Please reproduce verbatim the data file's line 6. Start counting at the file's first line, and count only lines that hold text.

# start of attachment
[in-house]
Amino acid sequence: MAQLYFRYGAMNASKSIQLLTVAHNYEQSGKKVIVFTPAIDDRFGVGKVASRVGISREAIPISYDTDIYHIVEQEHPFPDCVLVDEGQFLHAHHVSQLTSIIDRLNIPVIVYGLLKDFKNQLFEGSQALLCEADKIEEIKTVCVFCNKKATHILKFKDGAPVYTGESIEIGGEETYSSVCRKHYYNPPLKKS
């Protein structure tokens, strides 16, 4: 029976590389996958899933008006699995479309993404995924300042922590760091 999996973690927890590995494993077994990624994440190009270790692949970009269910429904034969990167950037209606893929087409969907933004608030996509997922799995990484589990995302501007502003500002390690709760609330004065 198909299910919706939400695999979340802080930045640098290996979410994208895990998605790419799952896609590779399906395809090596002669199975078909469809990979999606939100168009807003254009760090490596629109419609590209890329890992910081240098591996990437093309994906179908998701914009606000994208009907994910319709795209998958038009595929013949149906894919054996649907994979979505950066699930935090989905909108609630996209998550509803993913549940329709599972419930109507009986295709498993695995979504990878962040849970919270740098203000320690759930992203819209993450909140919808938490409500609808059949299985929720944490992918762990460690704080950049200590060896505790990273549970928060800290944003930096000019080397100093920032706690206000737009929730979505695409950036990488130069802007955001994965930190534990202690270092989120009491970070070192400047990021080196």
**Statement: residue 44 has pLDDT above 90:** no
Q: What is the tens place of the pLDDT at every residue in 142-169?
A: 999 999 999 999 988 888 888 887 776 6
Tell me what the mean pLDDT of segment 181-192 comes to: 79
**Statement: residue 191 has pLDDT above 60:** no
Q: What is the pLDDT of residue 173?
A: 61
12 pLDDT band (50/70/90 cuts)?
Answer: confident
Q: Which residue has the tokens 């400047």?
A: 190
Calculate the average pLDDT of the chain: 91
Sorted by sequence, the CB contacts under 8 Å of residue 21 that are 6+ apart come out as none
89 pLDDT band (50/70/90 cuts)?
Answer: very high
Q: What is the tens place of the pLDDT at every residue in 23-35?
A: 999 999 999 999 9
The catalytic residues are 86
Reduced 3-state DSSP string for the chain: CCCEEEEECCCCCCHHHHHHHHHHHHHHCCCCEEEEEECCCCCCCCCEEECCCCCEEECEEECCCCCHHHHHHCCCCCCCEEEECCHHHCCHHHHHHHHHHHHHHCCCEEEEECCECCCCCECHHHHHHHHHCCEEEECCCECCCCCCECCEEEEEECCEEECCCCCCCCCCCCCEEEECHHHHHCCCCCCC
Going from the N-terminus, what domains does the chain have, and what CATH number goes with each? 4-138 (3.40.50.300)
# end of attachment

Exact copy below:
A: 999 999 999 999 988 888 888 887 776 6